San Francisco Call, Volume 94, Number 119, 27 September 1903
Courtesy from the the California Digital Newspaper

Coal-Laden Vessel, Just at End of Long Voyage From Australia, Goes Ashore in Dense Fog Twelve Miles Below the Cliff House and Will Be a Total Loss — Crew Escapes Without Fatality
DECEIVED by the dense fog that has lain low over the ocean along the coast for the last two days, the British four-masted bark Gifford, seventy-five days out from Newcastle, New South Wales, with a cargo of coal for this port, went ashore on Mussel Rock on Friday evening at 6 O'clock and is now lying at the mercy of th« wind and waves, a wreck. The entire crew of the bark saved their lives after a battle with the waves. The first news that the Gifford was ashore was made known yesterday morning at 8 o'clock, when she was sighted by the lookout of the South Side life saving station five miles north of the wreck. The alarm was at once given and in a short space of time the lifeboats from, the South Side, Golden Gate and Fort Point stations were launched and proceeded to the scene of the disaster. Telephone messages were sent to the Merchants' Exchange and to the offices of the tugboat companies and two hours after the news of the wreck was made known the tugs Sea Rover, Relief. Sea King and Defiance were pitching and tossing close to the ill-fated bark.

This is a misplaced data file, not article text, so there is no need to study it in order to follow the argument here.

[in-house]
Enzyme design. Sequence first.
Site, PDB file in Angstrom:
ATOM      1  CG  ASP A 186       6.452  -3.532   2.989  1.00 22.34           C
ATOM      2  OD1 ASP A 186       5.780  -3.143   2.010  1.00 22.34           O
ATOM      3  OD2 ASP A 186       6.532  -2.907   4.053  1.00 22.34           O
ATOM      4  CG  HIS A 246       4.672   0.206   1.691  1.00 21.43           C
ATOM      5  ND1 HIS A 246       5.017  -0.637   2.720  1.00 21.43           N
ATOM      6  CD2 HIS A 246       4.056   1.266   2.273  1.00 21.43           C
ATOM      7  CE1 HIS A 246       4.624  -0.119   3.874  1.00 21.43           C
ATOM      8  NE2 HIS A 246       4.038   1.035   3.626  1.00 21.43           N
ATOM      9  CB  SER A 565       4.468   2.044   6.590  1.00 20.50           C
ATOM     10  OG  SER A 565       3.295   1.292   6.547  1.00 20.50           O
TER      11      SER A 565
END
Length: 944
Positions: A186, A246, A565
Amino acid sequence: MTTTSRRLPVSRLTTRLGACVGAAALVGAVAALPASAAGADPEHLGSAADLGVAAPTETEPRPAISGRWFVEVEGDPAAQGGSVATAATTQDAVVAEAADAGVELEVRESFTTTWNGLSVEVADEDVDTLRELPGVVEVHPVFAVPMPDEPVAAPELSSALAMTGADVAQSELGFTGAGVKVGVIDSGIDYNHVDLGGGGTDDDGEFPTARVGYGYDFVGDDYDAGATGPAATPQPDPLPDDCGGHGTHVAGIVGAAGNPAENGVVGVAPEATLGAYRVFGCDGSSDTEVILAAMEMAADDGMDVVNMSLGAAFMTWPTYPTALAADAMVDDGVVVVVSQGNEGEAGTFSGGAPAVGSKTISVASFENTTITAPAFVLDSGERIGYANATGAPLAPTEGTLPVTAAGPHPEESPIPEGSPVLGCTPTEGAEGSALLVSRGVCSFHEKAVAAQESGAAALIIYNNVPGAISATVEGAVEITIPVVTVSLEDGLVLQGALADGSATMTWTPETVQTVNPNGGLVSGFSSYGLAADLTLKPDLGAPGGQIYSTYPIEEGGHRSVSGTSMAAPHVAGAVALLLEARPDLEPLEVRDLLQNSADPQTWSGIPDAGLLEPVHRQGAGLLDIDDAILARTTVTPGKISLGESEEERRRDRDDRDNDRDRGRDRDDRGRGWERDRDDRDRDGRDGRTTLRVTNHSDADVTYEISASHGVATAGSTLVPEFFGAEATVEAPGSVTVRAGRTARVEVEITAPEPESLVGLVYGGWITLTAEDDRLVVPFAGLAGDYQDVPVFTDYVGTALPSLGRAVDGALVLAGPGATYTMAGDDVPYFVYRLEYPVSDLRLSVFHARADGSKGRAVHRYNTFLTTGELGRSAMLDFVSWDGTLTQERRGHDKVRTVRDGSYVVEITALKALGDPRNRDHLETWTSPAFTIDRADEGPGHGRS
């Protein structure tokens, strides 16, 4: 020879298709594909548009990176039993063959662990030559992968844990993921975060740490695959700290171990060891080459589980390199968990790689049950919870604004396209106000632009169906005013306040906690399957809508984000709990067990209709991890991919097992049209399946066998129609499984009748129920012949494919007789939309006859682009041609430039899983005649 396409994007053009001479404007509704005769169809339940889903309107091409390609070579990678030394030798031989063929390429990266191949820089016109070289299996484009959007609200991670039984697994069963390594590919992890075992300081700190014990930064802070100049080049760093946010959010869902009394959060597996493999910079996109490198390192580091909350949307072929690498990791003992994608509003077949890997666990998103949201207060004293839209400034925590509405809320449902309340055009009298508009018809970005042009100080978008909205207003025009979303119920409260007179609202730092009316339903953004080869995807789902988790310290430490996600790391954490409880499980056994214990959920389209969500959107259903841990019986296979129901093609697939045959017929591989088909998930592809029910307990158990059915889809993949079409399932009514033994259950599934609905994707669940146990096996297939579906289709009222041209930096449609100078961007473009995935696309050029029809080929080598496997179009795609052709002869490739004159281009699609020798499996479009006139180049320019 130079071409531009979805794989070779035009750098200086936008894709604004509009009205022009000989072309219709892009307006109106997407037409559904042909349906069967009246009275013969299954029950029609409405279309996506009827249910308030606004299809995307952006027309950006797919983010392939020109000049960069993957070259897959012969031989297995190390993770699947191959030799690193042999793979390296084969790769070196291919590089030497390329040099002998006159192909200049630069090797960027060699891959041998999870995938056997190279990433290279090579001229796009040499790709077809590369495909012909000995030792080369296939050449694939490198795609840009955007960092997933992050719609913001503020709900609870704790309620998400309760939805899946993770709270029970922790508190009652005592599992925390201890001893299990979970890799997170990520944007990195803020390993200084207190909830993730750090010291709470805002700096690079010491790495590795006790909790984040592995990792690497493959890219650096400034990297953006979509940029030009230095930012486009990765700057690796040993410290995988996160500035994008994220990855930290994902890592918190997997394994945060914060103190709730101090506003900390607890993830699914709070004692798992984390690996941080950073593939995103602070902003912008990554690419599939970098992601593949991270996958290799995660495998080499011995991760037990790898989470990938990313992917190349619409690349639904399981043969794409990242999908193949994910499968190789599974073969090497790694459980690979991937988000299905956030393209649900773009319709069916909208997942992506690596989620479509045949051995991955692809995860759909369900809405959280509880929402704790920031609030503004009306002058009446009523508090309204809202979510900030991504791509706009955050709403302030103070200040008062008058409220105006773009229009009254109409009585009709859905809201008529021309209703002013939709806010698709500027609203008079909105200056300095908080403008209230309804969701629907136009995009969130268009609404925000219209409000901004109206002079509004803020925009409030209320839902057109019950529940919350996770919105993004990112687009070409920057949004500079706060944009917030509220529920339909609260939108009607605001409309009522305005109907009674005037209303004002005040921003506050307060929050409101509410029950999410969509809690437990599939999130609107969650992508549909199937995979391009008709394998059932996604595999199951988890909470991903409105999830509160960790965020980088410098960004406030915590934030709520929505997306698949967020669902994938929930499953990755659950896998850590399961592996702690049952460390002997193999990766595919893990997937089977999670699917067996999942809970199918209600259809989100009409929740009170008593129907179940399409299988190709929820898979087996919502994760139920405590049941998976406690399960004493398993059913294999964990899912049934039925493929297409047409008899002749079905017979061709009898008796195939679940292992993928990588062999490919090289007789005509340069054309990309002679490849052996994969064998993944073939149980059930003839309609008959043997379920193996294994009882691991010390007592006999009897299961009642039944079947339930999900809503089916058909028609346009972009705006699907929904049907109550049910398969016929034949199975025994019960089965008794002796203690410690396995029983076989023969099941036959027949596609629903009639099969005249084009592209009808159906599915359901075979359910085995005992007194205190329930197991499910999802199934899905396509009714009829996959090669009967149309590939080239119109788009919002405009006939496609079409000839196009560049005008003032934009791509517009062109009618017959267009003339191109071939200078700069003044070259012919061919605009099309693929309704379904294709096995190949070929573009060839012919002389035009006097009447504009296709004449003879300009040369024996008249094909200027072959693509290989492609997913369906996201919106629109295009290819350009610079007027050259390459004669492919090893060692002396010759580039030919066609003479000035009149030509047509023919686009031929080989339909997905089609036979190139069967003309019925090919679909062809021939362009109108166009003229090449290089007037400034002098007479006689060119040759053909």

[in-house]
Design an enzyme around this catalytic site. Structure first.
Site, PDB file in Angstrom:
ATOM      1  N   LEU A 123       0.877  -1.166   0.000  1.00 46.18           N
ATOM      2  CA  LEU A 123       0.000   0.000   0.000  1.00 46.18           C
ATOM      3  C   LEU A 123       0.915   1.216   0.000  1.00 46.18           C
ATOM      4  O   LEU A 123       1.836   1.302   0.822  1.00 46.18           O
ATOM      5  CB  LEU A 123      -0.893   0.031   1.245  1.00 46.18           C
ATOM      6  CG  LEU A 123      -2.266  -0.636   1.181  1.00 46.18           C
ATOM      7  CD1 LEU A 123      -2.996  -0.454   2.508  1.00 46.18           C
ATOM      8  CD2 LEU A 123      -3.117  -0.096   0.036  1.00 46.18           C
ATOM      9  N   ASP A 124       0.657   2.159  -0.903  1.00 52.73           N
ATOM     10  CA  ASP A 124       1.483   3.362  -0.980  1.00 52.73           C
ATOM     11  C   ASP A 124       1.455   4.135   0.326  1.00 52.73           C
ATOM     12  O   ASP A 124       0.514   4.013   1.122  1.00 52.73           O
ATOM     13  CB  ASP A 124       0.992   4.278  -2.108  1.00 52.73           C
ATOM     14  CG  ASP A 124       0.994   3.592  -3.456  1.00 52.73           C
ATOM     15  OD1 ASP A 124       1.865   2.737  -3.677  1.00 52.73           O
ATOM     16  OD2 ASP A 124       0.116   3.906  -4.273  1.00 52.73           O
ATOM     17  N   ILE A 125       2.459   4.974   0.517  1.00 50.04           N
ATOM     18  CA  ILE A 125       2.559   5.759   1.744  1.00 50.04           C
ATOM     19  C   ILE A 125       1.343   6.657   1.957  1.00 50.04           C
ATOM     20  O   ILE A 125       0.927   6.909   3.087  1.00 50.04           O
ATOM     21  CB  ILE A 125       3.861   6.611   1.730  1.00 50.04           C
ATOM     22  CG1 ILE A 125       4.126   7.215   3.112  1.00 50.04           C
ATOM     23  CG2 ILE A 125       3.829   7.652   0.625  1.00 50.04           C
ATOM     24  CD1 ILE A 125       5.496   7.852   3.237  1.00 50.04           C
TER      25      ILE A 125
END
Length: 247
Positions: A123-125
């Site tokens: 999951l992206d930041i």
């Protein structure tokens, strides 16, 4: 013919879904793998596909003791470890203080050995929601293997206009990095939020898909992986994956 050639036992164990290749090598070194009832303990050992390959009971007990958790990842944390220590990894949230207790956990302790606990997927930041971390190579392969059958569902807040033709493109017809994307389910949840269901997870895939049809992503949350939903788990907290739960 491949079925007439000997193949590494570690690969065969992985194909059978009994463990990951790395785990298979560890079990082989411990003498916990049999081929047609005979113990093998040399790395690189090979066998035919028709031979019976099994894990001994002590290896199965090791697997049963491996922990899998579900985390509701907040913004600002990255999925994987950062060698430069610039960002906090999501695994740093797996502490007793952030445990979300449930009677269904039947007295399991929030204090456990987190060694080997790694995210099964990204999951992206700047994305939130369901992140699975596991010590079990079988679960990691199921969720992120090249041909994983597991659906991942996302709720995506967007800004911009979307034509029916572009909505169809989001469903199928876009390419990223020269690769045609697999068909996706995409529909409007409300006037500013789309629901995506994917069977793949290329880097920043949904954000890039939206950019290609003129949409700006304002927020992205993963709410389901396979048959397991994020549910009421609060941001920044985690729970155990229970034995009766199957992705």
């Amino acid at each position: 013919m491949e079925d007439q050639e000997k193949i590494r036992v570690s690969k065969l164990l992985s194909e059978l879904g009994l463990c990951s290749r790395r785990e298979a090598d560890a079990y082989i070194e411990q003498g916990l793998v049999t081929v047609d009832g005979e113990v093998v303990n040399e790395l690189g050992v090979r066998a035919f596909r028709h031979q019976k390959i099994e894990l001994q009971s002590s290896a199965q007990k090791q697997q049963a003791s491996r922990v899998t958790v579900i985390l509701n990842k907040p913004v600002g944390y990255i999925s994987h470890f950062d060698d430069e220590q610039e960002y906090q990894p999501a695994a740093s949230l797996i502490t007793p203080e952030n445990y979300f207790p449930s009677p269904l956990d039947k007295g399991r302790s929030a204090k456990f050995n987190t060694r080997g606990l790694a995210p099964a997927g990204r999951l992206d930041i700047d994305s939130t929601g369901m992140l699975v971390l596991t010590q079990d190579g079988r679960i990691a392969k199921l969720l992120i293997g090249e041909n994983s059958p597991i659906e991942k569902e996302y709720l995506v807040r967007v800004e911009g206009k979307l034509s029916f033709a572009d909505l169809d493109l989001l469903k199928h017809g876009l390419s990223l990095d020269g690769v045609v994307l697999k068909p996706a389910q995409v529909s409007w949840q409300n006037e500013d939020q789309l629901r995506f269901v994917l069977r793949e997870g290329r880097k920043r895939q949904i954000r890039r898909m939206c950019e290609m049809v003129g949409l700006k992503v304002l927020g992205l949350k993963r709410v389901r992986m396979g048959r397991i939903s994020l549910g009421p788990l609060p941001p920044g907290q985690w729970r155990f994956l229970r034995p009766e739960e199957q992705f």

At the time the Glfford went ashore the fog was so dense that It waa impossible for those on board to see a ship's length ahead. Men on the masthead and forward on the bark could not detect the noise of the breakers owing to the thunder of the sea, and. though the captain of the vessel, David Michie. knew that he was in the. vicinity of the Golden Gate, he did not know that he was south of the haven of safety and in the twinkling of an eye the valuable bark and her cargo were lost to the use of man. The Gifford ran with a crash upon the sharp rocks that lie twelve miles south of the Cliff House.

All hands were on deck at the time of the disaster. First Officer Harry Lavcrick was on watch when the bark went ashore. At 6 o'clock in the evening the watches were changed, and owing to the dense fog Captain Michie decided to take in all sail and put his vessel about, fearing that he might be too close to the coast for safety.

While the sailors were aloft taking in sail the first officer threw the sounding lead and discovered that he was in shallow water. His warning cry to Captain Michie came too late. The Glfford piled on Mussel Rock and her forward and middle compartments were pierced by the sharp pinnacles.